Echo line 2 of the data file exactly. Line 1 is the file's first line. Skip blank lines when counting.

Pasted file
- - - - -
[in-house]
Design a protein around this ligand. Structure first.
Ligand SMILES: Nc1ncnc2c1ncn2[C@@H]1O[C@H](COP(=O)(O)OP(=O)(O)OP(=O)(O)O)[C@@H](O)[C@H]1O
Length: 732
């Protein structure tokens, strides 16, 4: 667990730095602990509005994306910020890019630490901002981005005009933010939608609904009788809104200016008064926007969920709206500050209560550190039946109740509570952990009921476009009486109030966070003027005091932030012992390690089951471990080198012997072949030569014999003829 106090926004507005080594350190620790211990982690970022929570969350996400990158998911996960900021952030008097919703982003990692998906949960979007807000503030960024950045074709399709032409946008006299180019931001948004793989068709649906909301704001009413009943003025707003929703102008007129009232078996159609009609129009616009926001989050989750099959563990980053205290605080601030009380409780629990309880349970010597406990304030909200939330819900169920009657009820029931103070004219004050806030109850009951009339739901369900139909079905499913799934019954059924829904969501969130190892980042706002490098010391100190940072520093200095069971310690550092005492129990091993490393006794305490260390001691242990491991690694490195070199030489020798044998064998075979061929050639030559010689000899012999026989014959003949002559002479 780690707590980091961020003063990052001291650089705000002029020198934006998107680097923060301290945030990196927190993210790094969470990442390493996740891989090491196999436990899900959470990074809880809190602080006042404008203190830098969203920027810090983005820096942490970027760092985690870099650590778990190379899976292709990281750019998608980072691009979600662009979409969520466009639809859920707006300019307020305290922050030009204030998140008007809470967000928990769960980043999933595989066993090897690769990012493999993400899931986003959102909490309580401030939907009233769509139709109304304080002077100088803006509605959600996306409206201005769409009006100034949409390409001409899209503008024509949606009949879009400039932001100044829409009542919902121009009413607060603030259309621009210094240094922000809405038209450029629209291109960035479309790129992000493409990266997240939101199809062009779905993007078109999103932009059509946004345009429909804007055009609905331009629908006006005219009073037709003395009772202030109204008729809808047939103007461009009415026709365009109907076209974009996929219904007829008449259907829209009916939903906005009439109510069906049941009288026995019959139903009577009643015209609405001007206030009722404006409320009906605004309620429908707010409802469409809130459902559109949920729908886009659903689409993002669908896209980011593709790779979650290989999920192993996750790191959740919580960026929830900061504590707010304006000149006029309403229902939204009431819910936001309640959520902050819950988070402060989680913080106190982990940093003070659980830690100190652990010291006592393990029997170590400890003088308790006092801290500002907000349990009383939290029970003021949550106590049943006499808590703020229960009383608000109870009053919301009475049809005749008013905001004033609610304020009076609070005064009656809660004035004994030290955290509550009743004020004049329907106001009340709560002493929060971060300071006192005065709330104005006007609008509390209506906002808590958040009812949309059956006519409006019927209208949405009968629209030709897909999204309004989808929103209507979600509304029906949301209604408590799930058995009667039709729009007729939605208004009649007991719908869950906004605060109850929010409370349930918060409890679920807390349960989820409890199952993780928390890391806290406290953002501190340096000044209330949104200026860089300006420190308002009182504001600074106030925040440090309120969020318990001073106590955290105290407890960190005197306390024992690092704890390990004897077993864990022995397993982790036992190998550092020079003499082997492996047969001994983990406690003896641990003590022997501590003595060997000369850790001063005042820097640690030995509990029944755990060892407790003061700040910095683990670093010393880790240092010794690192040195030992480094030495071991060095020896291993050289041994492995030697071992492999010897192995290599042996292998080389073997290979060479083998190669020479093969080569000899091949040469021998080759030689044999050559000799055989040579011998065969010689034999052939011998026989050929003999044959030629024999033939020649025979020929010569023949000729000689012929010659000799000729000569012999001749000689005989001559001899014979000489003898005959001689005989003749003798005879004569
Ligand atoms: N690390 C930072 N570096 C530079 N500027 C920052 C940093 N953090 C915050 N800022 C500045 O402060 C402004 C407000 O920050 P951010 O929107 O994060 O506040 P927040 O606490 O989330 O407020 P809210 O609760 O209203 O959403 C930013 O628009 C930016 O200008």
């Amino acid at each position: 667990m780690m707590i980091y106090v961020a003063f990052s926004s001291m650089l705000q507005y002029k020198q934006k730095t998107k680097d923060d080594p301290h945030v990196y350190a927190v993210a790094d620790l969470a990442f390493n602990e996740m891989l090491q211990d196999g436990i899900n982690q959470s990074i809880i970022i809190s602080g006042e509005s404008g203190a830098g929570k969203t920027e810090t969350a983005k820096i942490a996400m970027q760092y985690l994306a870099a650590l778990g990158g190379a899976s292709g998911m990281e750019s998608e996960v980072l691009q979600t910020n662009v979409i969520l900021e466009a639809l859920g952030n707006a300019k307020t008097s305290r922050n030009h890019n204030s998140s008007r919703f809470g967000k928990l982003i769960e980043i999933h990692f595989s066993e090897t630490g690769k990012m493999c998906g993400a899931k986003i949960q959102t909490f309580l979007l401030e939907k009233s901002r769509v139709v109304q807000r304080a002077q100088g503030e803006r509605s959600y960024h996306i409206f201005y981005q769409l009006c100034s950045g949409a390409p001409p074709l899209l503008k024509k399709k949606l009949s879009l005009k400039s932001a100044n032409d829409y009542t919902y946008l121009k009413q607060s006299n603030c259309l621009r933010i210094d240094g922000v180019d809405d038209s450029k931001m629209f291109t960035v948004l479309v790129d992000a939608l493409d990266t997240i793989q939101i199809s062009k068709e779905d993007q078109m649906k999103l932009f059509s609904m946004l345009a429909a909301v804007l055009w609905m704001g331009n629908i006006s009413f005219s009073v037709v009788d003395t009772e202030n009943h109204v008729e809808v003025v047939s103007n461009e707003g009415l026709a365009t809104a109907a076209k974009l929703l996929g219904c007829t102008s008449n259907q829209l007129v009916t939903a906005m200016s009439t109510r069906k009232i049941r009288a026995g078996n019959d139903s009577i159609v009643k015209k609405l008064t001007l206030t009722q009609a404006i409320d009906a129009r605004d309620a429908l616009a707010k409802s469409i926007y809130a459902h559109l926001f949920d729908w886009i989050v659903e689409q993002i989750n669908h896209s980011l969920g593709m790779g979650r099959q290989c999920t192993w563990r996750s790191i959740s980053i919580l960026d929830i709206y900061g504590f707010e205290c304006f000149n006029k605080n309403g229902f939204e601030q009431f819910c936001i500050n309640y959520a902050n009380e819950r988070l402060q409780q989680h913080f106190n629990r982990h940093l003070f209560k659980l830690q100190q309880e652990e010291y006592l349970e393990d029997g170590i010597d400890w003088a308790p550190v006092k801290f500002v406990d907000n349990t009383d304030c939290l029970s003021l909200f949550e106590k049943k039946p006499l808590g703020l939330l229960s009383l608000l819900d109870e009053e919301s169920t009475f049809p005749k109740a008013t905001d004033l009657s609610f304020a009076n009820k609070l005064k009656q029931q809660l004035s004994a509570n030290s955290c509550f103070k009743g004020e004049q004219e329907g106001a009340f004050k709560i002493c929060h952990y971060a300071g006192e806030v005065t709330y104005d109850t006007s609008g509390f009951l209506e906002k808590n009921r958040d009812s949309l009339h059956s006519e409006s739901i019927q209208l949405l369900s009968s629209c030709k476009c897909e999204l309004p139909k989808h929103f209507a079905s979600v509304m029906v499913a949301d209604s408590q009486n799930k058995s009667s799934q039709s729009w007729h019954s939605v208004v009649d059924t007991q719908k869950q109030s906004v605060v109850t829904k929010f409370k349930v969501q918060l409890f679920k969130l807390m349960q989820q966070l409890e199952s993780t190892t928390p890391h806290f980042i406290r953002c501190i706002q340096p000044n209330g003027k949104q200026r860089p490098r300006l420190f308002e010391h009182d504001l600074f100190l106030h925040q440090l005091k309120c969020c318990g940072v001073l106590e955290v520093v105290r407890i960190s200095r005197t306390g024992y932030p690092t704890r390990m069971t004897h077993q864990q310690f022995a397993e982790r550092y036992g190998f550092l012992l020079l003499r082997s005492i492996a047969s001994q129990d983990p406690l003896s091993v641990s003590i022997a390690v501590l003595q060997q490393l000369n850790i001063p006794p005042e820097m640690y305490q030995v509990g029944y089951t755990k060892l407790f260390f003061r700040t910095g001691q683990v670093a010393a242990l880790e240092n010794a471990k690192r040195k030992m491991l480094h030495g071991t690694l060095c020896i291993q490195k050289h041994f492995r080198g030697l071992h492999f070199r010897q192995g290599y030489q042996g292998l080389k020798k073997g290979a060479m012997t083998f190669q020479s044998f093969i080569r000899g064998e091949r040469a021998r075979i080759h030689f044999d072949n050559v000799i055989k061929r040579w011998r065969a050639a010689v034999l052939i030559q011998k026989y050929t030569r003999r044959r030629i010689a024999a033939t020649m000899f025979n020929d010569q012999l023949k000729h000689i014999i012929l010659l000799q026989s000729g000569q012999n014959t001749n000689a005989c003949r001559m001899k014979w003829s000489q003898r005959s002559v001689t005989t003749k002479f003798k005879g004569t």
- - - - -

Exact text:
Design a protein around this ligand. Structure first.